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For the record

Interpretation of clinical trial data

In April 2007, the The Daily Telegraph ran a story linking non-steroidal anti-inflammatory drug use with an increased risk of heart attack. The article was headlined “High doses of ibuprofen raises heart attack risk” and stated that that for some individuals the risk of heart attack or stroke is nine times higher when taking ibuprofen. According to this report, these results will bring more anxiety to the millions of arthritis sufferers in Britain (published 6th April 2007).

You can read The Daily Telegraph article here

Here, Dr Shaun Treweek, specialist in the methodology of randomised controlled trials, responds:

The original research should not bring more anxiety to the millions of arthritis sufferers in Britain as the “nine times greater risk” is not based on thousands of patients but nine. Eight of 373 patients (2.14%) taking ibuprofen and aspirin had an adverse outcome compared to one of 394 patients (0.25%) taking an alternative drug and aspirin. The authors of the research themselves say that the risk could be as low as 1.13 or as high as 72.76. This huge range is exactly what you’d expect with so few patients and makes the estimate of risk largely meaningless. The study’s authors do point out that their research has many limitations and say it should be used for future research ideas rather than as a statement on the risks of ibuprofen.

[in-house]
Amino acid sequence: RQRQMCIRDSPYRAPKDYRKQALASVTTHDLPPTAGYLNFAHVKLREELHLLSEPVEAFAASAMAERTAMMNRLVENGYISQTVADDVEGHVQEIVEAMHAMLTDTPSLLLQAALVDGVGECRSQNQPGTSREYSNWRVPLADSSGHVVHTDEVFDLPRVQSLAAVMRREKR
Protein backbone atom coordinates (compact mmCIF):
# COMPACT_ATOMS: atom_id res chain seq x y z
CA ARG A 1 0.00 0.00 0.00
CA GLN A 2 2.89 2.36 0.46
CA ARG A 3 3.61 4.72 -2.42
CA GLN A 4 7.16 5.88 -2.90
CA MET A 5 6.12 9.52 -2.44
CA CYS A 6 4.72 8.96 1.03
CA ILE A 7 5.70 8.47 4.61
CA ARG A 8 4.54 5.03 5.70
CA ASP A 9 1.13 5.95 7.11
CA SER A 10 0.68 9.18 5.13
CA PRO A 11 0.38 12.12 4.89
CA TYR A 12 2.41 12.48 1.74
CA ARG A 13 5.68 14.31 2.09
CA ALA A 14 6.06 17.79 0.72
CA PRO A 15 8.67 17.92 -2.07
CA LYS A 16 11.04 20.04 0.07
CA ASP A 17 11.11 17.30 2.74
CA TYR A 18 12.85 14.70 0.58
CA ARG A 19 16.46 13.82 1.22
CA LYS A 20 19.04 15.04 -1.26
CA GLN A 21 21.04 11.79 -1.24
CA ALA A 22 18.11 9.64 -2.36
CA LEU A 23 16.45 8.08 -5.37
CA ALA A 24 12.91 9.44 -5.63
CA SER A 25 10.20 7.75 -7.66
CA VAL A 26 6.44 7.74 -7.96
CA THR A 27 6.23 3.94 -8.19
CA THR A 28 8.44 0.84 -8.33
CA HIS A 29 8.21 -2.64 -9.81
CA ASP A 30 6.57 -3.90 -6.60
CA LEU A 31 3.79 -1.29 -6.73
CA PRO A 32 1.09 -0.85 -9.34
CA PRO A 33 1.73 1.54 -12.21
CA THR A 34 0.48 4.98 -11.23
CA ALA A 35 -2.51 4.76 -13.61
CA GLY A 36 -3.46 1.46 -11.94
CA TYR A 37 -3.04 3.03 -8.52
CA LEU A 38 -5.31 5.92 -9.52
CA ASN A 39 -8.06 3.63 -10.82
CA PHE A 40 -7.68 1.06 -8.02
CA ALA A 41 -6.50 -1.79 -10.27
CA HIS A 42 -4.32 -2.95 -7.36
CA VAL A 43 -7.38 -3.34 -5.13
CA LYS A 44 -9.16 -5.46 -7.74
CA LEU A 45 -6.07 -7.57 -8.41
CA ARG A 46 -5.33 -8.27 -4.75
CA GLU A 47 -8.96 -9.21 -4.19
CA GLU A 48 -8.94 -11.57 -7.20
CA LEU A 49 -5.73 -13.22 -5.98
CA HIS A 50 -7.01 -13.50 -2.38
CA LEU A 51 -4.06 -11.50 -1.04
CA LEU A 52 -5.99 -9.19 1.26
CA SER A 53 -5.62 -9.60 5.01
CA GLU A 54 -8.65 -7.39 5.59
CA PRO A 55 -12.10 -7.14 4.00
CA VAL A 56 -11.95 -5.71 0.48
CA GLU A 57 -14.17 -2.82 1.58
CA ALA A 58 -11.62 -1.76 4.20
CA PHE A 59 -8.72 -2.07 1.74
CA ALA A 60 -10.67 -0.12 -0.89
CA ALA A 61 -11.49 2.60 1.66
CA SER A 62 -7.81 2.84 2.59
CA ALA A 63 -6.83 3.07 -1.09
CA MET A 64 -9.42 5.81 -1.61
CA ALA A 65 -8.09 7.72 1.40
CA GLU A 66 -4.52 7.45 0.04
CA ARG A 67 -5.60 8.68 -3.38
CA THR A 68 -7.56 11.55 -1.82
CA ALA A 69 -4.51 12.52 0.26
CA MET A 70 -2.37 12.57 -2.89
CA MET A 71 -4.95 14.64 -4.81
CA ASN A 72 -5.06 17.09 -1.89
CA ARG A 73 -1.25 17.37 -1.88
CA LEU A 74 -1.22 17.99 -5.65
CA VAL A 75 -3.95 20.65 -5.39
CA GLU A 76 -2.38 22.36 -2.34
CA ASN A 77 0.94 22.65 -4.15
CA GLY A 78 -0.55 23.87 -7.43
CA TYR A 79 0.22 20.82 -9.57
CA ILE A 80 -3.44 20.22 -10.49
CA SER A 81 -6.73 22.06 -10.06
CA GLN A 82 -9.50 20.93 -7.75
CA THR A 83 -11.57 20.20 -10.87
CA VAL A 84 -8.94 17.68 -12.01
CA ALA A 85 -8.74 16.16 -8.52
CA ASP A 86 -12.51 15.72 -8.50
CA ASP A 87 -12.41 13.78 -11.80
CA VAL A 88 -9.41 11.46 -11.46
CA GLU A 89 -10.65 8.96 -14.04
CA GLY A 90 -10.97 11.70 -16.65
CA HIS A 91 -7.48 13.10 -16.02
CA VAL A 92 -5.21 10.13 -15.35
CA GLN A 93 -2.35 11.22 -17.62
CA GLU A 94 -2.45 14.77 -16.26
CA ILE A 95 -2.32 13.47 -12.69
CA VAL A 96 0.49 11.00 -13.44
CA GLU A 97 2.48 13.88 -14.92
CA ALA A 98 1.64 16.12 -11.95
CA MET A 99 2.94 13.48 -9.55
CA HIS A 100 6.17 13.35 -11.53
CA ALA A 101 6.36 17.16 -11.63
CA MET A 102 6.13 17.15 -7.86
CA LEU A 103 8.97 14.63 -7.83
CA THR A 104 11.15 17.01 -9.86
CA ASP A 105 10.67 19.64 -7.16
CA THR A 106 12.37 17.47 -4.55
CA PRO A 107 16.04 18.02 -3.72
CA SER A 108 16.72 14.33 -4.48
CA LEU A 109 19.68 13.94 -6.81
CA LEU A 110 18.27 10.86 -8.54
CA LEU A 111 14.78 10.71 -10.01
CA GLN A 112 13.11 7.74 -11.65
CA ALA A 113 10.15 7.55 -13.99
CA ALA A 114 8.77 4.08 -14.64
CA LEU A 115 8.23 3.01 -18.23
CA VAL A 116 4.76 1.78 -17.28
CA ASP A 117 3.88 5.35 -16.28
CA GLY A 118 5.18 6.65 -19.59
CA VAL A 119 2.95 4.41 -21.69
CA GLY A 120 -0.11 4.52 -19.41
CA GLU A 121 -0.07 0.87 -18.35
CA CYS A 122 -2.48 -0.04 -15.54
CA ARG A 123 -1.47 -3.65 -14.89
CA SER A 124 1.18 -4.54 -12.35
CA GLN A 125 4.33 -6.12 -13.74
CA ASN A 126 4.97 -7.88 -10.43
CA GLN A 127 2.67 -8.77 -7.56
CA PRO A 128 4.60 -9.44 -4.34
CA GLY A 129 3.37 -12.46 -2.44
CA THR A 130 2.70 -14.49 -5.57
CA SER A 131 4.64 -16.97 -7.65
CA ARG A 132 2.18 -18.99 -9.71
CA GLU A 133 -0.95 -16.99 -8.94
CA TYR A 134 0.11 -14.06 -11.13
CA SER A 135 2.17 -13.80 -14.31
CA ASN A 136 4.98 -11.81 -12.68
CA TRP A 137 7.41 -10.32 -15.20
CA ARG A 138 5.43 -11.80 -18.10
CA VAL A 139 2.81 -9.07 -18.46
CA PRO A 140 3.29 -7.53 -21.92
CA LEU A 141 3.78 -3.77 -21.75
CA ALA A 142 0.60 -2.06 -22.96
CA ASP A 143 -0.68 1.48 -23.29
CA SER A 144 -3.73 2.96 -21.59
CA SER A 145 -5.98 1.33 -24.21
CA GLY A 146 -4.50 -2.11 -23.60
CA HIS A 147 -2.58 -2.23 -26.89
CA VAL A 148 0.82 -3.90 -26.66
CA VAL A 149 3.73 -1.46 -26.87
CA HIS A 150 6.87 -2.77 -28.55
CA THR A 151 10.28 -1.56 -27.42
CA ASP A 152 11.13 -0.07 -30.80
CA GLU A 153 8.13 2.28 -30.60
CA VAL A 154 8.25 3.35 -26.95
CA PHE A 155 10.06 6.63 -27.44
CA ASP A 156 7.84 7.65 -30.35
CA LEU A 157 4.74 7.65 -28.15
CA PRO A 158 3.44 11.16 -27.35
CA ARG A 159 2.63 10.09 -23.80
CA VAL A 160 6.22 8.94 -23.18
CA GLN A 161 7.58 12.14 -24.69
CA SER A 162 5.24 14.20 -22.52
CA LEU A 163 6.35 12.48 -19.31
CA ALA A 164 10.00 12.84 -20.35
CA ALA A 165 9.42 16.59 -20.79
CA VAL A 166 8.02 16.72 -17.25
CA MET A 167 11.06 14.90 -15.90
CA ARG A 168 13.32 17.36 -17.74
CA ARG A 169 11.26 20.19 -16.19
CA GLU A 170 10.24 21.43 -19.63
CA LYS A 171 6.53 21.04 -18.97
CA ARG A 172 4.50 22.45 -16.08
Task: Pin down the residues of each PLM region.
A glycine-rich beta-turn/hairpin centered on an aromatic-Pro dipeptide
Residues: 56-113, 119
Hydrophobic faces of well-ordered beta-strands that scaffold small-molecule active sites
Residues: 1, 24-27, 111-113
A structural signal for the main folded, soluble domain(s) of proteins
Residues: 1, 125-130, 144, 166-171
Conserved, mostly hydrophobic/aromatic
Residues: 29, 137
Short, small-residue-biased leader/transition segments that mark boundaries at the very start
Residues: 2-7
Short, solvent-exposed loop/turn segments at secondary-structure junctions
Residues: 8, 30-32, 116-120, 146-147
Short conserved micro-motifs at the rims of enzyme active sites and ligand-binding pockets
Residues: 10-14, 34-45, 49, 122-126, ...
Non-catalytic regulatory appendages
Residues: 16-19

Author: Sense About Science

Document type: For The Record

Published: 24 May 2007

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